He hasn't made any friends in Washington with his dogged opposition to the US drone attacks in Pakistani territory. But former cricketer Imran Khan--a darkhorse candidate for Pakistan's prime minister as head of the Tereek-e-Insaaf party--made some of the right noises in a freewheeling interview with India's Mail Today newspaper this week.
In town to attend the World Economic Forum being held in Gurgaon, Khan made a measured promise to bring the perpetrators of the 26/11 terrorist attack on Mumbai to justice, saying, "India must understand the legal process takes time, but I will bring the Mumbai perpetrators to justice."
"We have to follow the rule of law."
That said, Pakistan has long delayed action with the argument that it lacks sufficient evidence to convict the alleged planners of the attacks--which India and the US have both alleged includes members of Pakistan's Inter-Services Intelligence spy agency, as well as Lashkar-e-Toiba's Hafiz Saeed. And Khan reportedly waffled when confronted with a pointed question about how he'd handle a potential prosecution of Saeed if he were elected.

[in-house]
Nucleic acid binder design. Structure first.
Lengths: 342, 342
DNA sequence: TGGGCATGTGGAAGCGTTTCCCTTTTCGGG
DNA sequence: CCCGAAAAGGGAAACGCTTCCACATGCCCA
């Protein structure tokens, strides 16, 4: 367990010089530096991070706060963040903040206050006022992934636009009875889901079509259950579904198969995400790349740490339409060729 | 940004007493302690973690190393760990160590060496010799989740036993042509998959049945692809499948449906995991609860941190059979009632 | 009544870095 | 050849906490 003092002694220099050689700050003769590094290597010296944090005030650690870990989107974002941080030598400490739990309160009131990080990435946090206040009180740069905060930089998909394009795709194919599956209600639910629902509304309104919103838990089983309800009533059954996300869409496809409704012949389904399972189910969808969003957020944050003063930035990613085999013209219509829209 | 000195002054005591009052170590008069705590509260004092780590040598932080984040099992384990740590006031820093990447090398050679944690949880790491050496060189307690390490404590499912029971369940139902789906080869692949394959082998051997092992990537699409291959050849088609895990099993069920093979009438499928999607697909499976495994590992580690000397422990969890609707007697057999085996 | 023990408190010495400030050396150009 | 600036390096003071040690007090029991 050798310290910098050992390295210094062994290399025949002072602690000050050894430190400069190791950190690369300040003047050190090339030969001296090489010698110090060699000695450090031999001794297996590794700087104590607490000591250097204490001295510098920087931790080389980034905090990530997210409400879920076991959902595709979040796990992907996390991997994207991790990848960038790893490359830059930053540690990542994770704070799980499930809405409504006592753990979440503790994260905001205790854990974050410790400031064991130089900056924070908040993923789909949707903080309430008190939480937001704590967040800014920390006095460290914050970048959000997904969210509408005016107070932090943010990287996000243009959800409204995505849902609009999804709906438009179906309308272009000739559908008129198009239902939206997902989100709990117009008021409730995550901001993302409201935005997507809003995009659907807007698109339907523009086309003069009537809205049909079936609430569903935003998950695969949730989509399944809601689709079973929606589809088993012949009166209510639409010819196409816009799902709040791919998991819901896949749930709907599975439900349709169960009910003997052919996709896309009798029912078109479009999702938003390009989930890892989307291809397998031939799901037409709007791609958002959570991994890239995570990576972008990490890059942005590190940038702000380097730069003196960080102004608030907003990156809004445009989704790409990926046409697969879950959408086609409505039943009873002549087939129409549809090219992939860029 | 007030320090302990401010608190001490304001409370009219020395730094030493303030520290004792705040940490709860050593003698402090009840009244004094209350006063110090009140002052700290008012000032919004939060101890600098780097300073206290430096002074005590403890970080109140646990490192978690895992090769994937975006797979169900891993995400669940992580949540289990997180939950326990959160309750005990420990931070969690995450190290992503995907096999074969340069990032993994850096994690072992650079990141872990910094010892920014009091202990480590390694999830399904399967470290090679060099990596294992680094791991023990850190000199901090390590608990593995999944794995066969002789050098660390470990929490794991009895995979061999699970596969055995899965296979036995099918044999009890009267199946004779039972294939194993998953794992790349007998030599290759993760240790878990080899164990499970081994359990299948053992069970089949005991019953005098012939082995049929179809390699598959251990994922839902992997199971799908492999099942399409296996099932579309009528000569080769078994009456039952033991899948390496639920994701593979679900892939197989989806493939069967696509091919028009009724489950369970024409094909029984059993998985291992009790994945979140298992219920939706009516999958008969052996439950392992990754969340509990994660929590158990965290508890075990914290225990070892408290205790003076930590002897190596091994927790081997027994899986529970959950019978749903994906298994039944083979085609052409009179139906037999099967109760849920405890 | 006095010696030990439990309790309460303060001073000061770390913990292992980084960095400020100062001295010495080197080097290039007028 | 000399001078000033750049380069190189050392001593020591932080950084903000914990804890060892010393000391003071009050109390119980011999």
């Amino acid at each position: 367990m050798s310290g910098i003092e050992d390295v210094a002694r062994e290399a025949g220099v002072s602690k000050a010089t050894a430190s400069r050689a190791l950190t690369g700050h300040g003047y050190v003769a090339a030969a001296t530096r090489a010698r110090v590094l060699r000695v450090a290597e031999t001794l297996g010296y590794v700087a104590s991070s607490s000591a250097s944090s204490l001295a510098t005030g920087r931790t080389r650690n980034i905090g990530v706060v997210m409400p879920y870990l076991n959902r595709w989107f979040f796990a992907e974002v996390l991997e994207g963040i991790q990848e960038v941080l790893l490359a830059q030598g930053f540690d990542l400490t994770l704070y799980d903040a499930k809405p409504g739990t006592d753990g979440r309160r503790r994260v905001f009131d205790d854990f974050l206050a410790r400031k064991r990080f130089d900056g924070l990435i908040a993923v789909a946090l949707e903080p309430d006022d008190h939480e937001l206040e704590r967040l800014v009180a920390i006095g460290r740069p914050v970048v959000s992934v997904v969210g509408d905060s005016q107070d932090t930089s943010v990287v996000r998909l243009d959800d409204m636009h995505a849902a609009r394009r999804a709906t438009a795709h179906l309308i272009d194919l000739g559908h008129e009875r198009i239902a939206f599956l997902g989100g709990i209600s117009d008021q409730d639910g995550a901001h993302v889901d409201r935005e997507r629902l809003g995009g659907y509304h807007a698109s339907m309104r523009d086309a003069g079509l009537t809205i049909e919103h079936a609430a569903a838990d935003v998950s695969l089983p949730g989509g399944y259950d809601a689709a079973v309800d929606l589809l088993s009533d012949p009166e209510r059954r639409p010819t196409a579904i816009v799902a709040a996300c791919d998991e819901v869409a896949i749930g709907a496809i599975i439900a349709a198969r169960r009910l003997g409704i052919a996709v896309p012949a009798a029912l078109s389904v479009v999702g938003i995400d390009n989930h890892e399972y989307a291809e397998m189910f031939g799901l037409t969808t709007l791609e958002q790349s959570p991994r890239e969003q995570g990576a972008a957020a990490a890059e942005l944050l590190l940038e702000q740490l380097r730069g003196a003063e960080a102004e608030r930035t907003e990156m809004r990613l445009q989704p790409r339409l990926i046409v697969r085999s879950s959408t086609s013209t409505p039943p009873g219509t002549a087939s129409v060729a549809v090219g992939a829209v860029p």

"India puts too much emphasis on it," Khan told the Mail Today. "I will declare jihad to save Pakistan, will disarm all militatn groups in Pakistan."
Yet he added, "Even terror leaders can be transformed. I am sure they can be put into nation building. Human beings can change." -- a possible reference to Saeed's contention that he is no longer associated with Lashkar-e-Toiba, and only operates a charitable Islamic trust.